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Internal right jugular

Adam Domonkos Tarnoki, Andrea Agnes Molnar, David Laszlo Tarnoki, Levente Littvay, Emanuela Medda, Corrado Fagnani, Antonio Arnolfi, Filippo Farina, Claudio Baracchini, Giorgio Meneghetti, Giacomo Pucci, Giuseppe Schillaci, Maria Antonietta Stazi, György L Nadasy
AIMS: The elasticity of the internal jugular vein (IJV) is a major determinant of cerebral venous drainage and right atrium venous return. However, the level of genetic determination of IJV dimensions, compliance and distensibility has not been studied yet. METHODS: 170 adult Caucasian twins (43 monozygotic [MZ] and 42 dizygotic [DZ] pairs) were involved from the Italian twin registry. Anteroposterior and mediolateral diameters of the IJV were measured bilaterally by ultrasonography...
2018: PloS One
Myung Gyu Song, Tae-Seok Seo, Yun Hwan Kim, Sung Bum Cho, Hwan Hoon Chung, Seung Hwa Lee, Euichul Jung
The effect of catheter diameter on left innominate vein stenosis in breast cancer patients after totally implantable venous access port placement. PURPOSE: To evaluate the effect of catheter diameter on left innominate vein stenosis in breast cancer patients after placement of totally implantable venous access ports. MATERIALS AND METHODS: Totally implantable venous access ports were placed via the left internal jugular vein in 241 women with right breast cancer from January 2010 to December 2014 (mean age, 51...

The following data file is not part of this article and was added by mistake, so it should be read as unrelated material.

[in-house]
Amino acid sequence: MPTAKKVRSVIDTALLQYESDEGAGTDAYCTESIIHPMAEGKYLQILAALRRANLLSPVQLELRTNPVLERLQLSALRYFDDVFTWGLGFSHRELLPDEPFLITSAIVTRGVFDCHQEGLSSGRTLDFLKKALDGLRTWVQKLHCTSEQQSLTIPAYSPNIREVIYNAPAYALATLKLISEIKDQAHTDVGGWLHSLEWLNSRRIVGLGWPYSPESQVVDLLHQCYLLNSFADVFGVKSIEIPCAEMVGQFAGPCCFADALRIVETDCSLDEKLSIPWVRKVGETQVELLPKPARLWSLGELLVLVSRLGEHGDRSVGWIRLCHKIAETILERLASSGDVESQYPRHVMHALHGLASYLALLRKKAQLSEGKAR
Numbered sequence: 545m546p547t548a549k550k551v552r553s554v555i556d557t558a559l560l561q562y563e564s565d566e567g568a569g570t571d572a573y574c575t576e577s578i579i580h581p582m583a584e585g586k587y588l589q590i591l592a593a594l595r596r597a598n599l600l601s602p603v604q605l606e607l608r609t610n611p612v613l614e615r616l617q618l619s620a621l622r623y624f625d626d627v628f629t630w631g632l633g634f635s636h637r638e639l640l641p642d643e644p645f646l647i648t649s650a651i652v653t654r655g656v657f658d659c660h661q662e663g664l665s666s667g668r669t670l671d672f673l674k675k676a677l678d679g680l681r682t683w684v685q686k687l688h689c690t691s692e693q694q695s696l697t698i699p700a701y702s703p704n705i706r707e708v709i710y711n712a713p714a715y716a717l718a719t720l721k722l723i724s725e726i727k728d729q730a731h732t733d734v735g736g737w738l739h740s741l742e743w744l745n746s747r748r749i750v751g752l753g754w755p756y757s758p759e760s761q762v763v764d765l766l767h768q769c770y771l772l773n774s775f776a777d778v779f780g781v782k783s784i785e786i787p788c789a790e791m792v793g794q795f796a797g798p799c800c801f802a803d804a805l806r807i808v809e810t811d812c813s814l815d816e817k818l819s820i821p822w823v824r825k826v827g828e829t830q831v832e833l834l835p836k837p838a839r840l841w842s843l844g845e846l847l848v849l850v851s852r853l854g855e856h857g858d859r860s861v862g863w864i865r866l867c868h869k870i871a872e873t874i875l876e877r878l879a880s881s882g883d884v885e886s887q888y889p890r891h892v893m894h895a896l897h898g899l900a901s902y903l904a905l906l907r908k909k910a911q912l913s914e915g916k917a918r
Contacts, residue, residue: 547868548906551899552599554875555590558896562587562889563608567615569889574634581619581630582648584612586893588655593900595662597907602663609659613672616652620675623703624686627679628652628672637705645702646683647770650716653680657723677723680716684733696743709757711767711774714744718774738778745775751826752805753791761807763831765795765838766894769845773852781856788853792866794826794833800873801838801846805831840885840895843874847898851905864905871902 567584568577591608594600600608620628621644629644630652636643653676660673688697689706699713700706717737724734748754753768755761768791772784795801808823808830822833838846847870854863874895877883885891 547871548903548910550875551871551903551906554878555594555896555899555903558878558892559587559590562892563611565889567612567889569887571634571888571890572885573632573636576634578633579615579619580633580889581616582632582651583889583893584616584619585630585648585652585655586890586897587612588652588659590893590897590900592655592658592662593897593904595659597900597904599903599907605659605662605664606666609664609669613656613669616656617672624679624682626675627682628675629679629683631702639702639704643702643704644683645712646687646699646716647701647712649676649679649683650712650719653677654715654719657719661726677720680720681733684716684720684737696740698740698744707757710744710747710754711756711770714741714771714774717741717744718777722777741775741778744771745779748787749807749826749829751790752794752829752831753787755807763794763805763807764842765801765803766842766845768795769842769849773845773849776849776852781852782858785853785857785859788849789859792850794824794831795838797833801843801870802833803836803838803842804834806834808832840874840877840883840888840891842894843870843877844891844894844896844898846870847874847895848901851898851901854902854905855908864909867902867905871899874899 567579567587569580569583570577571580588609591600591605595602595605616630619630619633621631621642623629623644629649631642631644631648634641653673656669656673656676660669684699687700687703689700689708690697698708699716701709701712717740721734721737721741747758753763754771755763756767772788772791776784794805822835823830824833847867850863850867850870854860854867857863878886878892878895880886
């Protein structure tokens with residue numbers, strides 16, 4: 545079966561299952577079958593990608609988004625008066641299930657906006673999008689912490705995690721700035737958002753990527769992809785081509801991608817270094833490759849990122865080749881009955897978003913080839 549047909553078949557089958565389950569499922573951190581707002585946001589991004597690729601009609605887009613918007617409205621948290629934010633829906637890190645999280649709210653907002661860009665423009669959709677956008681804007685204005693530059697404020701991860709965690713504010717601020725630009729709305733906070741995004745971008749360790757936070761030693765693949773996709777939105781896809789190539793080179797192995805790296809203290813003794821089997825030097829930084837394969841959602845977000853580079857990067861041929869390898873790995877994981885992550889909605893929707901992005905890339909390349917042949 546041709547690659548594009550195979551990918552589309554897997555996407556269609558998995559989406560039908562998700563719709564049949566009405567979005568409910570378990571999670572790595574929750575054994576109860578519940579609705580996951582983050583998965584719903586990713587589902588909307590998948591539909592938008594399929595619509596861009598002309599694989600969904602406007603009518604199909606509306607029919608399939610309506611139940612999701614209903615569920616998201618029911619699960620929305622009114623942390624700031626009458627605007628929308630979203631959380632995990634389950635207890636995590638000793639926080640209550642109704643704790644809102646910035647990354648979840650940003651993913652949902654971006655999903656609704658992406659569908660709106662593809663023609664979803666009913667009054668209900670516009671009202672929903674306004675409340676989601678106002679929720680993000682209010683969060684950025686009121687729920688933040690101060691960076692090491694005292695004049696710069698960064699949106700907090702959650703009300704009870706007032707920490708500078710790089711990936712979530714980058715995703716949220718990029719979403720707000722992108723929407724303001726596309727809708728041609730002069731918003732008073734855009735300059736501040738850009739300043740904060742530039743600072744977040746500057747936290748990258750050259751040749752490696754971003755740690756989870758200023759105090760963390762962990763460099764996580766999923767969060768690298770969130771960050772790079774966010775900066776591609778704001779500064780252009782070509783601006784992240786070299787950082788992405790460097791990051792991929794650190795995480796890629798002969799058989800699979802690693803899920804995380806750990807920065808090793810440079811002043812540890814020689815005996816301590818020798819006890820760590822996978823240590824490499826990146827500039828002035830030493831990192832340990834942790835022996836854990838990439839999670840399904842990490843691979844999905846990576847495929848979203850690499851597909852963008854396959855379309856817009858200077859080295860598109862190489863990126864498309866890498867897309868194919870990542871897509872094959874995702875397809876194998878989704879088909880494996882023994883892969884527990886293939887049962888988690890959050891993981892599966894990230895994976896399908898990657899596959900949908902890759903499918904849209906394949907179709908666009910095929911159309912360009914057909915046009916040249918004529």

March 1, 2018: Journal of Vascular Access
Elise Chua, Valerie Udom, Dean Y Huang
We report the case of a 48-year-old man with a right fusiform internal jugular venous aneurysm, presenting as a unilateral painless neck swelling on coughing or laughing. This is a rare condition, more commonly seen in the paediatric population and can be diagnosed using non-invasive modalities such as Doppler ultrasound and contrast-enhanced CT. This anomaly is frequently misdiagnosed or overlooked, and our case highlights the importance of considering venous aneurysm as a differential to prevent invasive imaging and inappropriate management...
March 15, 2018: BMJ Case Reports
Peter Paik, Sanjay K Arukala, Anupam A Sule
Central venous catheters are placed in approximately five million patients annually in the US. The preferred site of insertion is one with fewer risks and easier access. Although the right internal jugular vein is preferred, on occasion, the left internal jugular may have to be accessed. A patient was admitted for septic shock, cerebrovascular accident, and non-ST-segment elevation myocardial infarction. A central venous line was needed for antibiotic and vasopressor administration. Due to trauma from a fall to the right side and previously failed catheterization attempts at the left subclavian and femoral veins, the left internal jugular vein was accessed...
January 9, 2018: Curēus
Jinguo Wang, Feng Liu, Shunshun Liu, Na Wang
BACKGROUND The complication rate of central venous catheterization ranges from 4% to 35%. Brachial plexus injury can occur, mostly on the same side as the catheterization, without affecting the contralateral brachial plexus. CASE REPORT A 71-year-old woman received placement of a vein hemodialysis catheter via right internal jugular vein. Five days after the cannulation, she complained of contralateral burning pain and numbness at the ulnar side of her left forearm. On the next day, the pain increased and extended to her left shoulder girdle and whole left arm, despite use of analgesics...